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Secured Transactions - March 2015

Caribbean Capacity-Building Workshop on Secured Transactions and Asset-Based Lending

The Department of International Law (DIL) of the Organization of American States (OAS) and the Ministry of Industry, Investment and Commerce (MIIC) of Jamaica co-hosted the Caribbean Capacity-Building Workshop on Secured Transactions and Asset-Based Lending in Kingston, February 10 to 12, 2015. The workshop brought together international experts, local stakeholder groups representing the financial and business sectors (banks, micro-finance and other lending institutions), groups promoting financial inclusion for women and MSMEs, and government officials from Jamaica and other Caribbean states. It was attended by over 80 participants.

Caribbean Capacity-Building Workshop on Secured Transactions and Asset-Based Lending

In 2013 Jamaica passed the Security Interests in Personal Property Act and established a collateral registry, thereby creating a new legislative framework that is in conformity with the underlying principles of the OAS Model Inter-American Law on Secured Transactions and Regulatory Regulations. This new regime will facilitate the use of a more expansive range of collateral in secured lending, such as inventory, accounts receivable and intellectual property, thereby improving access to credit, particularly for those without more traditional forms of security, which are frequently MSMEs, women, and women-owned businesses.

The workshop was the culmination of a diagnostic phase that was conducted by the DIL in partnership with MIIC and that included desktop analysis of the legislation in conjunction with a series of stakeholder visits to determine what was working under the new regime and what was not. The issues identified during that process helped to shape the workshop agenda, which included the need for institutional supports from other entities such as financial regulators and central banking authorities, the need for consistency with the newly enacted insolvency regime, and that incorporated breakout sessions with pragmatic exercises on asset-based lending using new forms of collateral (inventory and receivables).

Opening remarks were made by H.E. Robert Ready, High Commissioner of Canada to Jamaica; Hon. Anthony Hylton, Minister of MIIC; Ms Therese Turner-Jones, Inter-American Development Bank Country Representative; Mrs. Jeanelle van Glaanen Weygel, Representative of the OAS General Secretariat in Jamaica; and Mr. Dante Negro, Director of DIL. International speakers included experts from the United Nations Commission on International Trade Law (UNCITRAL Secretariat), the International Finance Corporation (IFC), the Commercial Finance Association, Brooklyn Law School, the Federal Reserve Bank of San Francisco, the Eastern Caribbean Central Bank, the Dominican Republic’s Central Bank and its Ministry of industry and Commerce, and practitioners in the fields of factoring and insolvency. Various regional and local experts were included as panelists and participants (Jamaican Bar Association, University of the West Indies, Jamaican Bankers Association, Companies Office of Jamaica, Development Bank of Jamaica, Private Sector Organization of Jamaica, Small Business Association of Jamaica, National People’s Cooperative Bank of Jamaica, Jamaica Intellectual Property Office, and others).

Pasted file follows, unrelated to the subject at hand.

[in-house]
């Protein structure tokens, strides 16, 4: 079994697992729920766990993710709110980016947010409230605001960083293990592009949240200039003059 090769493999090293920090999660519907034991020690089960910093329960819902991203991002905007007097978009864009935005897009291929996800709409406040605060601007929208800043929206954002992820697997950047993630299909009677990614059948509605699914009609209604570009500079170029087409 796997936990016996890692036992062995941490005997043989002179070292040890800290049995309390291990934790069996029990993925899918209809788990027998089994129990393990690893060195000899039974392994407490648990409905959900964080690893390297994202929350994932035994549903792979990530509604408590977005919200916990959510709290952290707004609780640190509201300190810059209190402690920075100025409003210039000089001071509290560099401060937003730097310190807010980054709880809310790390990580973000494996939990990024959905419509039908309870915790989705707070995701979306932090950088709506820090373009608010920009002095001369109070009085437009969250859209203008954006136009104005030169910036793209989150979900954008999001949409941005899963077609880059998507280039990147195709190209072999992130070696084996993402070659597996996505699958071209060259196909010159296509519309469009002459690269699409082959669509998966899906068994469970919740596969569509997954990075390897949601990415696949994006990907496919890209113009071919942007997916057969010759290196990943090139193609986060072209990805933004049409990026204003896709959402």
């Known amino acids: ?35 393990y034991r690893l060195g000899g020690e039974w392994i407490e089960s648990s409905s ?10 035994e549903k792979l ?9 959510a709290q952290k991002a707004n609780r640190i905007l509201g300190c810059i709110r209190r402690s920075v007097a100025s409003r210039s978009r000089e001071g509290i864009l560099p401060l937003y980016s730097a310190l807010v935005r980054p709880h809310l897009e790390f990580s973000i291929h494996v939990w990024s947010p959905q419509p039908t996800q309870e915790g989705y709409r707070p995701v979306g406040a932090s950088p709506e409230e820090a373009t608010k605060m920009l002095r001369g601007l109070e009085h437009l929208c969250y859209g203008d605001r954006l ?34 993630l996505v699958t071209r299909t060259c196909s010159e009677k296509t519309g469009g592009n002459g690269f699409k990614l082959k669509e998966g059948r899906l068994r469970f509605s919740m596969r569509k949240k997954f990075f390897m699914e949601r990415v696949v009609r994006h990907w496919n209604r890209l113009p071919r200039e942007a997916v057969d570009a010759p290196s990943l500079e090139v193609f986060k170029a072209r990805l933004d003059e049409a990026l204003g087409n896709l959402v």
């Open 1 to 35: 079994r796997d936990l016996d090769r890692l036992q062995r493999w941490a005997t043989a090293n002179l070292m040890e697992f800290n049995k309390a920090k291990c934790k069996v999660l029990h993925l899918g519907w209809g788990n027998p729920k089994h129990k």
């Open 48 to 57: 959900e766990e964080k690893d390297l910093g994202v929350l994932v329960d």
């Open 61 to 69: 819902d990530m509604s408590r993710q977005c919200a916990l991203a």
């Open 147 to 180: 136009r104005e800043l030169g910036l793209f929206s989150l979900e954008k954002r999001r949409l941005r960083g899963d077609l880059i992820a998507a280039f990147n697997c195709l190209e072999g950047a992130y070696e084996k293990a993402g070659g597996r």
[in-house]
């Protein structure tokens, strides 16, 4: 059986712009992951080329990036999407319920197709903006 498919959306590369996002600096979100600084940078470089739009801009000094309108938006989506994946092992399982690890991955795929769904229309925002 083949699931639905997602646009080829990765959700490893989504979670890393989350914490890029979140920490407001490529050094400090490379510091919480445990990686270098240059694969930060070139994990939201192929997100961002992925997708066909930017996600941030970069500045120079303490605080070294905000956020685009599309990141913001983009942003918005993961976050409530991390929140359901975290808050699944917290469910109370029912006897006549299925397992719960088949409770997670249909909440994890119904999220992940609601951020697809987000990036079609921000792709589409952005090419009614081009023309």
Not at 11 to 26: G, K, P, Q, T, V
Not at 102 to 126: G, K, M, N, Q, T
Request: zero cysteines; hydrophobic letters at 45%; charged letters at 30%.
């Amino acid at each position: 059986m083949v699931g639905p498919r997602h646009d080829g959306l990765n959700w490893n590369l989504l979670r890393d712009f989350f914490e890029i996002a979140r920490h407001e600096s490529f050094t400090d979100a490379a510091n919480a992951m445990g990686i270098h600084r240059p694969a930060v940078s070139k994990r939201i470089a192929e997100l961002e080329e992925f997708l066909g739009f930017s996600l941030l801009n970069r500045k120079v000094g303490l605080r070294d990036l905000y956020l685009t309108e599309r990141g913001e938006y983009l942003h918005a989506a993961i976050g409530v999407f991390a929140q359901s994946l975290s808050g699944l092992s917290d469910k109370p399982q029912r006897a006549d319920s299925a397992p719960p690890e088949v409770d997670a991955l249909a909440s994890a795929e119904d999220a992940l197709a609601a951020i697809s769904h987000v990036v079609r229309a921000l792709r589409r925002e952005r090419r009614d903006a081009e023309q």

A special panel was held to outline the potential of secured transactions reforms for the advancement and empowerment of women through financial inclusion and improved access to credit for MSMEs. This panel included speakers from the Secretariat for the Inter-American Commission of Women of the OAS, Jamaica’s Bureau of Women’s Affairs and other groups dedicated to the promotion of micro-lending and women-owned businesses.

Although tailored in response to the specific needs of Jamaica, the workshop was also an opportunity for an exchange of lessons learned with other Caribbean states that are considering similar reforms. The workshop was attended by representatives from the Dominica Republic, Trinidad and Tobago, and Antigua and Barbuda.

Results from the workshop will be incorporated into a set of recommendations to further strengthen and support Jamaica’s nascent secured transactions regime. Moreover, after successfully completing the workshop, forty Jamaican attorneys received certification and entitlement to continuing legal education accreditation. Materials and presentations from the workshop are in the process of being posted to the secured transactions website.

The OAS/DIL Secured Financing Project is made possible through funding from the Government of Canada.

» To see OAS Booklet — Secured Transactions Reform in the Americas, click here

» For additional information about Secured Transactions, please visit our Website

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